22 October 2006

What, me sell?

When I was employed by the consultancy practice of a Big 5 accountancy firm, it was an education. The accountants were intelligent, largely urbane and many were reluctant to do any business development at all.

Sales was seen as unprofessional and there was an enormous range of deflectionary activities which were engaged in, to avoid actually speaking to a real person employed by a target company. I'm exaggerating obviously to make a point, and many of the accountancy partners were very gifted natural salespeople who could identify a buying signal without difficulty. The bulk of the more junior accountants in an accountancy firm will never make partner, and one of the things holding them back is their inability to sell.

This collective unwillingness to become involved in the sales process meant that there were frequent requests for sales training as if they somehow believed that attending a training session could take away the fear associated with picking up a telephone or speaking to a prospect. On balance, I'm still a little surprised that anyone in an accountancy firm sells at all, since so many of the recruitment processes seem to identify and employ people who find the whole sales activity an anathema.

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4 Comments:

Anonymous Charles H. Green said...

John, that's my experience as well--having worked in professional services for 20 years and consulted to them for another ten.

As you put it, "Sales was seen as unprofessional," and you correctly note that accountants engage in a plethora of activities that boil down to avoidance, hoping to find some "tip" that will let them square their self-perceived sense of professionalism with their sense that "selling" is antithetical to that view of their mission.

What lurks behind that avoidance is self-centered fear: a combination of fear of rejection, and fear of being misunderstood and misperceived as being self-centered (and yes, there's a paradox at work there).

The way out lies in correcting two misunderstandings that many professionals labor under: a misconception about the nature of professionalism, and of the role of sales.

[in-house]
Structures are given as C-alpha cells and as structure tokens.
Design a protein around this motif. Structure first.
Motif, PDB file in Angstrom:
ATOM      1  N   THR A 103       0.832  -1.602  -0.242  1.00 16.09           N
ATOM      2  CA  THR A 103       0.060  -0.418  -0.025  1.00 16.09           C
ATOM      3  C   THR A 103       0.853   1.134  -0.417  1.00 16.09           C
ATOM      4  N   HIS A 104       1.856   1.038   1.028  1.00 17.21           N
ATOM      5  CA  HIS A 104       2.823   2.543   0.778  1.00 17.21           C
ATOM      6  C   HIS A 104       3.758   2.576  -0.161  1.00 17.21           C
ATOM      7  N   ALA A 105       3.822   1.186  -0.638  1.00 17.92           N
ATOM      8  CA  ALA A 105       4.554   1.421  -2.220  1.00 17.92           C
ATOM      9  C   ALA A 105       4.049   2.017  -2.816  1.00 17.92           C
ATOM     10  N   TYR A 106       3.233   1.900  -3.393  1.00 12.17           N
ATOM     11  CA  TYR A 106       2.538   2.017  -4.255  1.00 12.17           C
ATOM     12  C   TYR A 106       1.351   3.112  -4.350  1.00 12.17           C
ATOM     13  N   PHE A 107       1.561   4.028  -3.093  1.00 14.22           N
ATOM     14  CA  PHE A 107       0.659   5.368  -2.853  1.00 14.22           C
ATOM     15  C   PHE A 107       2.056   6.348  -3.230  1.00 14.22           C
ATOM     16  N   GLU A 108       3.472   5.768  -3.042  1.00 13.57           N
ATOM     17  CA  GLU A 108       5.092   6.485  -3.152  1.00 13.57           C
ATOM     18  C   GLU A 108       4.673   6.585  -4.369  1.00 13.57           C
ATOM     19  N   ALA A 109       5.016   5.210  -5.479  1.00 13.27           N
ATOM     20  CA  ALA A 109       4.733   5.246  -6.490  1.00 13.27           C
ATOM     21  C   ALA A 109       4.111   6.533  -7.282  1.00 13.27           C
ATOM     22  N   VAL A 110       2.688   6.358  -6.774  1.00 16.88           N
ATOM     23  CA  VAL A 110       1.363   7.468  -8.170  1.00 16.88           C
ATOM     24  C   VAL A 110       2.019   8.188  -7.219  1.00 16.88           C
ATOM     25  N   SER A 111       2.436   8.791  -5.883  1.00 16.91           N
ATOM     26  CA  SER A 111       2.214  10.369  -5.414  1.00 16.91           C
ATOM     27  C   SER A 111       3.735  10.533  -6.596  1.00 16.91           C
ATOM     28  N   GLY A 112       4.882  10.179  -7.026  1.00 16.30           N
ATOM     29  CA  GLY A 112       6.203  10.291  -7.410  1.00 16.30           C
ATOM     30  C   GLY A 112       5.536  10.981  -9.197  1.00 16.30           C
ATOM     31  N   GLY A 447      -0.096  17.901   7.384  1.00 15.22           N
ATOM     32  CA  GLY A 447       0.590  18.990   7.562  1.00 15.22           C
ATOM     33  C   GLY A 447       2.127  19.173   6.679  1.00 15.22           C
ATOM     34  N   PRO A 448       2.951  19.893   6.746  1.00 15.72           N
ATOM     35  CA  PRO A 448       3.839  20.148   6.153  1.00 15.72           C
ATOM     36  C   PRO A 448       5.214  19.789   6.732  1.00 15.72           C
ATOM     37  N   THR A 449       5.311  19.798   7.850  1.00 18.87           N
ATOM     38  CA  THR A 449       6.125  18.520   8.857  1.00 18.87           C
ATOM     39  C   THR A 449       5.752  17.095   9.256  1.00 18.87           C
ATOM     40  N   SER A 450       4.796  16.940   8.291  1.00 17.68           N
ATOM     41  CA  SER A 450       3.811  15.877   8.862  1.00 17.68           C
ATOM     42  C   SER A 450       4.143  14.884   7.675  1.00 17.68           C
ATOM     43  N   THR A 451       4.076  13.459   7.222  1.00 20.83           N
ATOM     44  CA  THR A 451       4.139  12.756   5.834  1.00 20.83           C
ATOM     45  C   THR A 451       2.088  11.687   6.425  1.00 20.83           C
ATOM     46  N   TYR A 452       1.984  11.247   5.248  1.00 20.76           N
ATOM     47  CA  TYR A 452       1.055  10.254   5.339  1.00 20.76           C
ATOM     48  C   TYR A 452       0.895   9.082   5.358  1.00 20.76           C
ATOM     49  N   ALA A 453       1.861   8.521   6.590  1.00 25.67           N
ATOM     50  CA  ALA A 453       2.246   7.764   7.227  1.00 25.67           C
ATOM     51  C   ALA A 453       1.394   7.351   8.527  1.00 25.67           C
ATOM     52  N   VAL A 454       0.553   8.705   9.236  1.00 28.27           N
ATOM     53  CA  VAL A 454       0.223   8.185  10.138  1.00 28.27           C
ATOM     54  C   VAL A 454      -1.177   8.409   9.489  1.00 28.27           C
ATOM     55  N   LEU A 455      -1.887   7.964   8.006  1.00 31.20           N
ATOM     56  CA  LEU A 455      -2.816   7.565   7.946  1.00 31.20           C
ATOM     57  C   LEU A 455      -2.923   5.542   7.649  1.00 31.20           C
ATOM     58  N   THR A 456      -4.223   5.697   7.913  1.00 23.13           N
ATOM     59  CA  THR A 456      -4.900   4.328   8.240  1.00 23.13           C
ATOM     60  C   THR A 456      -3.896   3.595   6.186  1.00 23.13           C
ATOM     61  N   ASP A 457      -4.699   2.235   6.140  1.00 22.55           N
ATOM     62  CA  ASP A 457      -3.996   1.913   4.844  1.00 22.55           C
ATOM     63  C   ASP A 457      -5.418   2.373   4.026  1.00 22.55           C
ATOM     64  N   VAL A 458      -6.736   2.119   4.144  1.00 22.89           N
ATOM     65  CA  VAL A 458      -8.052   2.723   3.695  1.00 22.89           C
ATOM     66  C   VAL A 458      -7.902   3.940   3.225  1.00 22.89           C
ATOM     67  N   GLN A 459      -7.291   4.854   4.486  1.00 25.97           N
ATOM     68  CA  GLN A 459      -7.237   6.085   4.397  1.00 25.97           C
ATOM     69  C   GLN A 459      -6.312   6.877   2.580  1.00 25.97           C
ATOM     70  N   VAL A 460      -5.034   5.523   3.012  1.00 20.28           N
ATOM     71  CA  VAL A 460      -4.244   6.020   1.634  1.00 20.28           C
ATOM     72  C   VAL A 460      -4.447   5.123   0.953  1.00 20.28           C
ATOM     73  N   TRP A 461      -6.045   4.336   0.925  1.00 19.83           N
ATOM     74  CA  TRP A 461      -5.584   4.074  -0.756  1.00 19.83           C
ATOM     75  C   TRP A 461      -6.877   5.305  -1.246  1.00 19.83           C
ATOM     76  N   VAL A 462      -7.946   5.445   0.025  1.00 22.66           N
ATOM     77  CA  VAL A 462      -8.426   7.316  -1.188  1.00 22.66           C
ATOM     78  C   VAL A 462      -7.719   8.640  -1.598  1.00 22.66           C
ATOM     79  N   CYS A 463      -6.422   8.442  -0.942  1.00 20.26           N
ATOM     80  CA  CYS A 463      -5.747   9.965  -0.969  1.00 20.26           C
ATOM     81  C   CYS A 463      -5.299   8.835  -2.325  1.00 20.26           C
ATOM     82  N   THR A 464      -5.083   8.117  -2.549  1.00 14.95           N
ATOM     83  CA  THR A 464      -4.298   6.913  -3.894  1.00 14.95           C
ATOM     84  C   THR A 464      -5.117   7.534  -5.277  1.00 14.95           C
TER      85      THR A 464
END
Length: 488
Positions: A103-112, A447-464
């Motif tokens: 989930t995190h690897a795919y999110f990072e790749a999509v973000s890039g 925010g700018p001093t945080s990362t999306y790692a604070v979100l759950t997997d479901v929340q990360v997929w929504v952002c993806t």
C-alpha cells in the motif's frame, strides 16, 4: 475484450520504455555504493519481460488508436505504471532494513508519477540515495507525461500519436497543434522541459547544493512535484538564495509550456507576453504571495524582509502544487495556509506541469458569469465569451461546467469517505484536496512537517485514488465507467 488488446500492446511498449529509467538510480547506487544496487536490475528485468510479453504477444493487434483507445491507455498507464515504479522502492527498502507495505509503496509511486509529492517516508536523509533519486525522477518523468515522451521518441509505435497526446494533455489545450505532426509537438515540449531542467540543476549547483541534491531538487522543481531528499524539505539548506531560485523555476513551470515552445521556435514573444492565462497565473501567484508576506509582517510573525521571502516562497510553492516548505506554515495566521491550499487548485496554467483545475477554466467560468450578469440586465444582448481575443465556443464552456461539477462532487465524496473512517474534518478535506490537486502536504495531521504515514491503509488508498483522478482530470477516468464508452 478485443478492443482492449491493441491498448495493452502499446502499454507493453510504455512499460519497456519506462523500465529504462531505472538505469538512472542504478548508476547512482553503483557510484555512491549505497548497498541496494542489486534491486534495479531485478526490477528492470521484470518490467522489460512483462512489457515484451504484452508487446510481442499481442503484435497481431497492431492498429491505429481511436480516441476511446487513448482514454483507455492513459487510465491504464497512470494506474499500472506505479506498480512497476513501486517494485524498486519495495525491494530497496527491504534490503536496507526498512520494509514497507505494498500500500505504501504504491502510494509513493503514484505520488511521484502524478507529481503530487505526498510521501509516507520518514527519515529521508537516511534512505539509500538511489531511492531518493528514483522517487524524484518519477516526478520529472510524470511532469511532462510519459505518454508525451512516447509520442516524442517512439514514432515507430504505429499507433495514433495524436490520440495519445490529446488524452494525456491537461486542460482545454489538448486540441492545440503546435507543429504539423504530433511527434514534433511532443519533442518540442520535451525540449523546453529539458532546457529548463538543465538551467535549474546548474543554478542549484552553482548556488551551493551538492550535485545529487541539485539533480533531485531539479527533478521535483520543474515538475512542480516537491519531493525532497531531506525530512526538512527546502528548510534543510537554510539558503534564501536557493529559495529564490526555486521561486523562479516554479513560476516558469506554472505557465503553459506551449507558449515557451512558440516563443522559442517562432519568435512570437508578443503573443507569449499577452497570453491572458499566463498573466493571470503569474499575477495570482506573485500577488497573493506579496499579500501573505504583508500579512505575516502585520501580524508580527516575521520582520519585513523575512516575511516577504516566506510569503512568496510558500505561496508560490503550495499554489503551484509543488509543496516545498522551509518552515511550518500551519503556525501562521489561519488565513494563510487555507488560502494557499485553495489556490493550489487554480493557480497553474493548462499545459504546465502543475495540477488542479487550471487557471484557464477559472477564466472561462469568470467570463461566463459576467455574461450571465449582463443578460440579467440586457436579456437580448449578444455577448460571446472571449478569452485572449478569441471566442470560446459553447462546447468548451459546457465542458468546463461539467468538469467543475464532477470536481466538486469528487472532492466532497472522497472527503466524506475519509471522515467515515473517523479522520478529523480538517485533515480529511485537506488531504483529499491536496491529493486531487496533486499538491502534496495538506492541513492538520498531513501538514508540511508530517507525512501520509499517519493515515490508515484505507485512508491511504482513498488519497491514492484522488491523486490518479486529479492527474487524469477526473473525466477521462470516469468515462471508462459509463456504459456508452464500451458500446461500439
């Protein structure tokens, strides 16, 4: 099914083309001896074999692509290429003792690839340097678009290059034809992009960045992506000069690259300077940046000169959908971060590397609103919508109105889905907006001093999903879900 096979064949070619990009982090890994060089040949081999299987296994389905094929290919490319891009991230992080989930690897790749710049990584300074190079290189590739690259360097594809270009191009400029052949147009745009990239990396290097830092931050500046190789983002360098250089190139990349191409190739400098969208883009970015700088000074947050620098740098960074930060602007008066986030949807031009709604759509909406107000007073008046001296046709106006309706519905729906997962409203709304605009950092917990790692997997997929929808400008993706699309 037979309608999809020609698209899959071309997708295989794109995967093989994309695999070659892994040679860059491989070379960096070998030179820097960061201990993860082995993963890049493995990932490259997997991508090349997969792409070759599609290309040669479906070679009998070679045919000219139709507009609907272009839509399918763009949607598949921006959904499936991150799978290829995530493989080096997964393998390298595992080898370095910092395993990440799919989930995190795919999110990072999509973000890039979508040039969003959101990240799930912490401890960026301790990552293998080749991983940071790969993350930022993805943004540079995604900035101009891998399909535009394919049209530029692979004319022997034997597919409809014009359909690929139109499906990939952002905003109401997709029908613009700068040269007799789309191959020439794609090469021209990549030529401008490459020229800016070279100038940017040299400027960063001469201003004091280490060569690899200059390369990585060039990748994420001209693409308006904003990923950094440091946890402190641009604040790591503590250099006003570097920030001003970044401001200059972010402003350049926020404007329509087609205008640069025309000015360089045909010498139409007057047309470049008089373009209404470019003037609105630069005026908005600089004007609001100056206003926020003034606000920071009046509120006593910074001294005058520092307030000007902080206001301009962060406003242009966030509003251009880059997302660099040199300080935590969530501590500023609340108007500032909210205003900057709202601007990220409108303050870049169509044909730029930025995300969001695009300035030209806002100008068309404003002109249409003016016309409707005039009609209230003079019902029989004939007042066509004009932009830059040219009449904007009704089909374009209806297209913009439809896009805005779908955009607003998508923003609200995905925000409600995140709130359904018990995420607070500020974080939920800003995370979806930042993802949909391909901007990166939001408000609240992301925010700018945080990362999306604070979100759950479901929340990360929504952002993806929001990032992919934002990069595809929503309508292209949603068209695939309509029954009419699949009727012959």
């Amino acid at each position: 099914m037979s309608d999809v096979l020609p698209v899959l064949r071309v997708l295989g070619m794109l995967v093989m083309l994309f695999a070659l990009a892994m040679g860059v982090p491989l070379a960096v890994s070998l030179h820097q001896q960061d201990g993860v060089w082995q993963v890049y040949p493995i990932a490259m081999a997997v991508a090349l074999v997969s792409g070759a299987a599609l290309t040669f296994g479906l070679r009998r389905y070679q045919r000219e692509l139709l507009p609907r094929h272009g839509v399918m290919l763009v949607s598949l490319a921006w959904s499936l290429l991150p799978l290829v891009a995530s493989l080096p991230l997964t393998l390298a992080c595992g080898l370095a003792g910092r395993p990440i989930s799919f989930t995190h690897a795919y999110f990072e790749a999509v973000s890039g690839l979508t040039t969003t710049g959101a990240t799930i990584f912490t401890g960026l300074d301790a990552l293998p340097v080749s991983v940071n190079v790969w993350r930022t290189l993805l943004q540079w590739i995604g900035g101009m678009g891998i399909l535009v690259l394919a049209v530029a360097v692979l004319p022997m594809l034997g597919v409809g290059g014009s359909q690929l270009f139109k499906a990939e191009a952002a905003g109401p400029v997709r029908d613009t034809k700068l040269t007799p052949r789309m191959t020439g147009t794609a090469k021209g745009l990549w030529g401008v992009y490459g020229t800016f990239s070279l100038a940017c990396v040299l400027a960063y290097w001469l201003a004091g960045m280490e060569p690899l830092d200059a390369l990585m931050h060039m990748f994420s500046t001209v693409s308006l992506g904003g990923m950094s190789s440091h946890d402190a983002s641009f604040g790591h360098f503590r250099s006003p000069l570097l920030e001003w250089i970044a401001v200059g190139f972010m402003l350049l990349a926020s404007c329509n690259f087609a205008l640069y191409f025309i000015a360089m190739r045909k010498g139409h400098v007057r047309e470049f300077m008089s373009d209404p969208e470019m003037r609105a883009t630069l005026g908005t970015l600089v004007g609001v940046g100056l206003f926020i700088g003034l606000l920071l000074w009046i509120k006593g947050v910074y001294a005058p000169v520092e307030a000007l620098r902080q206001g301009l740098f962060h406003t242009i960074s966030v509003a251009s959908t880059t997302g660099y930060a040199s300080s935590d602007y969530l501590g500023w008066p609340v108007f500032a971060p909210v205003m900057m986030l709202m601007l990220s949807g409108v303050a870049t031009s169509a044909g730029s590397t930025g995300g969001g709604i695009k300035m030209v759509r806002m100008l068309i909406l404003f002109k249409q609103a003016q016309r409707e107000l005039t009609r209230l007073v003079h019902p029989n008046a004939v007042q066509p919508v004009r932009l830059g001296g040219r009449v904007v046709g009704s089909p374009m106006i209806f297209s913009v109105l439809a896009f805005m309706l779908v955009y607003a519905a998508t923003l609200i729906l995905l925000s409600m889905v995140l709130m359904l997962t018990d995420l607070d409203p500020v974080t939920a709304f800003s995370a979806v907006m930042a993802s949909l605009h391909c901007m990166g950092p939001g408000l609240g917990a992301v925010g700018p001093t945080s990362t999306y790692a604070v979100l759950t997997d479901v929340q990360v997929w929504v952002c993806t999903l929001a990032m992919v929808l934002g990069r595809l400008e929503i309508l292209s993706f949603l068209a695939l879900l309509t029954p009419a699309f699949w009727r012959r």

The conventional wisdom of client service is that it's a noble sacrifice; what we give to clients, we must take from ourselves. And the conventional wisdom of sales is that it's a forcible con job foisted upon our clients, against their will and against their self-interest.

Seen that way, no wonder accountants run for the doors! But they misconceive it.

Properly conceived, client service is mutually beneficial. It enables long-term relationships, sharing of goals, maximizing of the combination of interests rather than least-common-denominators of two separate sets of interests. There is no such thing as win-lose or lose-win in the long run; good client service is good provider profitability, and great market success for both.

Properly conceived, sales is the ability to help a client envision an alternative reality, wherein things can be better than the client had been able to perceive on their own. From that vantage point, professionalism requires that ability. Anything short of that is just short-term, opportunistic, zero-sum performance against agreed upon contracts; it lacks any dynamism or holistic view of what is possible in a true relationship.

Sales and professionalism are not diametrically opposed; properly conceived, they are integrally related. And if they can be seen that way, then accountants need not fear business development, but actually seek it out. It is simply a prospective way of helping clients.